The next year or two will see continued breakthroughs in the core technology, but perhaps more important, an explosion of applications for DL in sectors throughout the economy. One of the people I interviewed, Andrew Ng, has several initiatives designed to accelerate this progress: Landing.ai is bringing deep learning to manufacturing, while the AI Fund is incubating new ideas that will eventually be scaled up to startup companies focused on a variety of areas.
Over the next 5-10 years, DL will likely evolve into a true general-purpose technology. It will be almost like electricity, and it will become increasingly indispensable in nearly every aspect of the economy, science and culture.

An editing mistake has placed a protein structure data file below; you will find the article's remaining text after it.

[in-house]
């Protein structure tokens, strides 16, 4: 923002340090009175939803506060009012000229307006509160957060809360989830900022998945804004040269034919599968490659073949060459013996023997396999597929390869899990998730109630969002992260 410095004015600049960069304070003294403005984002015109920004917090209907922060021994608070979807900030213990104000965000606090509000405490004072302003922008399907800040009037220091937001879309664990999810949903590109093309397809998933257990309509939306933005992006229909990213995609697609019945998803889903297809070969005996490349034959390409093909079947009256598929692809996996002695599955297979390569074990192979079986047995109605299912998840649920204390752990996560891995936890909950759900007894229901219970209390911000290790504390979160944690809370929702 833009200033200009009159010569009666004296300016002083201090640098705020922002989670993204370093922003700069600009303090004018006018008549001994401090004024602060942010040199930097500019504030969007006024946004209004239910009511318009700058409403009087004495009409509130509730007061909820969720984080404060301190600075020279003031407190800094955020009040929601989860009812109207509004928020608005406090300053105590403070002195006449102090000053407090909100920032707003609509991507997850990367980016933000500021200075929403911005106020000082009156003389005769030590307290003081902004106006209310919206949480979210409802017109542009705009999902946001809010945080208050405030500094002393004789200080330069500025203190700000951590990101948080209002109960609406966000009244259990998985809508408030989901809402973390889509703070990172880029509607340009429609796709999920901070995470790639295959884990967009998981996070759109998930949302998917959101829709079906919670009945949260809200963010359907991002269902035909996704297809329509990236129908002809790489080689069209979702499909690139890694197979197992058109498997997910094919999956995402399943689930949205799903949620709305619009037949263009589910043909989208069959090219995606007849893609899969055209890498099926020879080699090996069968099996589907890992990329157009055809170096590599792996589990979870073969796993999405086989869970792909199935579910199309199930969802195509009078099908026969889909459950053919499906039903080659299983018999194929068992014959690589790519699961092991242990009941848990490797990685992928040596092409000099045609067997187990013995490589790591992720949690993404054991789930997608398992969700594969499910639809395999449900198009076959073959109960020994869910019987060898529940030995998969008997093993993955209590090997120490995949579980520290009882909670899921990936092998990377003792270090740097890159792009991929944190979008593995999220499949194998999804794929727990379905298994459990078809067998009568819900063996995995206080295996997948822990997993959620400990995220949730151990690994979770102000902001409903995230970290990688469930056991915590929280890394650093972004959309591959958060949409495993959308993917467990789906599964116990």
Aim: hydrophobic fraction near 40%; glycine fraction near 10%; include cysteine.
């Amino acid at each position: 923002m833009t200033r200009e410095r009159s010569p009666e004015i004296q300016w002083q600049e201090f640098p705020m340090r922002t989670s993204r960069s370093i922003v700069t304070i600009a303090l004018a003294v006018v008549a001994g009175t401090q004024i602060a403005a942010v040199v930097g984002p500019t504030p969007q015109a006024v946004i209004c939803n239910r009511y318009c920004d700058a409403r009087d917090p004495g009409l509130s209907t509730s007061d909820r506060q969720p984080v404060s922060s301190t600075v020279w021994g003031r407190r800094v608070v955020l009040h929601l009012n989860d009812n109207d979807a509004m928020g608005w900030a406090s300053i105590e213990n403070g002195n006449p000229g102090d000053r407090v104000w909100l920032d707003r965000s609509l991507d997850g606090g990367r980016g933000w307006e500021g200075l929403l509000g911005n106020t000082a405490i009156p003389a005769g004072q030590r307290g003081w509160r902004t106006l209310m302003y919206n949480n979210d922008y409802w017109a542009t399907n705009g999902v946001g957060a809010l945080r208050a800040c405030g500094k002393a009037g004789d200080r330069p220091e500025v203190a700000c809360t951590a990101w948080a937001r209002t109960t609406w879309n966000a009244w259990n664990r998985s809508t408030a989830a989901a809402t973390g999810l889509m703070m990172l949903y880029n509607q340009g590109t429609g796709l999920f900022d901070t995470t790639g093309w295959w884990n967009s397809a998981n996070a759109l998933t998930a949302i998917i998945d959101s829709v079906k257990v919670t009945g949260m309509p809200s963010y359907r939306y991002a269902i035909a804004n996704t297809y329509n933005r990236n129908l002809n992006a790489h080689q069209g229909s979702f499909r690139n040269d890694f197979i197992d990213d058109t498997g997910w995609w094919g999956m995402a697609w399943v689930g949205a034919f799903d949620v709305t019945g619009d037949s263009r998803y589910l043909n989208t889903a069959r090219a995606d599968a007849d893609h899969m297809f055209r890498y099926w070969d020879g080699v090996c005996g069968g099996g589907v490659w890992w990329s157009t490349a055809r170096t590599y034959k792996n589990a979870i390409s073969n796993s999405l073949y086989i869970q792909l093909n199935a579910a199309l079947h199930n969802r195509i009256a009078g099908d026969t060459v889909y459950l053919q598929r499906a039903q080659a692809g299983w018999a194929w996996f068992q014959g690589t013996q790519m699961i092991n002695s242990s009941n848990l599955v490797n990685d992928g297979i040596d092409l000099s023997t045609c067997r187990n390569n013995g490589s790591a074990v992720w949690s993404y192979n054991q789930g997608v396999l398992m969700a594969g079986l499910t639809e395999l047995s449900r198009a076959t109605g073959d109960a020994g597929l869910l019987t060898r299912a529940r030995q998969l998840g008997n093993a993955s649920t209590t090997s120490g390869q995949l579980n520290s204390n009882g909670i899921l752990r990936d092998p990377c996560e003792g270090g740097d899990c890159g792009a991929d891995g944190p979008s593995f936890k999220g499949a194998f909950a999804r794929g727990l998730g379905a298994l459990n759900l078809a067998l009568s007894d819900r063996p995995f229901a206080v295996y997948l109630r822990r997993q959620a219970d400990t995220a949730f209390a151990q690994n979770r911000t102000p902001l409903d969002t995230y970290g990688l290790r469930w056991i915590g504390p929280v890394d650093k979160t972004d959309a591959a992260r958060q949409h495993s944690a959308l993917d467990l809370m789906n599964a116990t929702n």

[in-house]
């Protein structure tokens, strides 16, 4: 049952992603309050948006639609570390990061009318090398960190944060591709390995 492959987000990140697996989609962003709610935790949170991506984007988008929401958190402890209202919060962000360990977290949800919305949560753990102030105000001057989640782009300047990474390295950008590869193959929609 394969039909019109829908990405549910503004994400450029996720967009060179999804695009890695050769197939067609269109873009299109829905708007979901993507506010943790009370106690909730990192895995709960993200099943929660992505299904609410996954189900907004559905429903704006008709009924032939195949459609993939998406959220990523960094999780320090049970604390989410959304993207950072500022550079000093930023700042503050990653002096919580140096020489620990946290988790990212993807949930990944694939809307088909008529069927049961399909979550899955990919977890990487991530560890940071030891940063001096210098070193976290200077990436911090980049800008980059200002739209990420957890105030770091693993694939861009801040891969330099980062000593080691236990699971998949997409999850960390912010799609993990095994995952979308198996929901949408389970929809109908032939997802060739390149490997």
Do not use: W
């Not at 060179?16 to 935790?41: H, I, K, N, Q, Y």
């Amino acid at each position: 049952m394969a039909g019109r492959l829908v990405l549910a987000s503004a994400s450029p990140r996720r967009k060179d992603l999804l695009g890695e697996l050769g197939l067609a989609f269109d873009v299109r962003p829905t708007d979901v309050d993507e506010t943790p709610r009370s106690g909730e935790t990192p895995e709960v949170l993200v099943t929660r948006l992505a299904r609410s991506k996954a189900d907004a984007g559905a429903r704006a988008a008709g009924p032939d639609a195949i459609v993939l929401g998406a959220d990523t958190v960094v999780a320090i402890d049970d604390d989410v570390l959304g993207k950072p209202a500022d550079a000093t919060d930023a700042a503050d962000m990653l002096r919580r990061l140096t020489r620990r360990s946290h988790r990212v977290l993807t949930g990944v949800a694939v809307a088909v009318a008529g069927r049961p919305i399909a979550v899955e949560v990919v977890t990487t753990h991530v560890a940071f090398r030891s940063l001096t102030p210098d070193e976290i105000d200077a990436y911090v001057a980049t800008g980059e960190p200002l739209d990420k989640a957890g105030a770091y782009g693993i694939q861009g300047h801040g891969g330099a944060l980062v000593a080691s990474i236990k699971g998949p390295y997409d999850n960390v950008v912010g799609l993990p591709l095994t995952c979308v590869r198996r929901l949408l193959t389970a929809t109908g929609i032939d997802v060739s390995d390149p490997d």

We should also be prepared for the possibility of truly disruptive breakthroughs over this longer time frame. Ray Kurzweil, for example, believes we may be able to achieve human-level machine intelligence within 11 years. That is an aggressive prediction, but we should expect remarkable progress with huge implications for the economy and society. The potential for a great many more routine and predictable jobs to be automated is one area that I have focused on a great deal both in my previous book Rise of the Robots, and in Architects of Intelligence. I believe we need to begin a conversation about how we can adapt our society and economy to the implications of these technologies.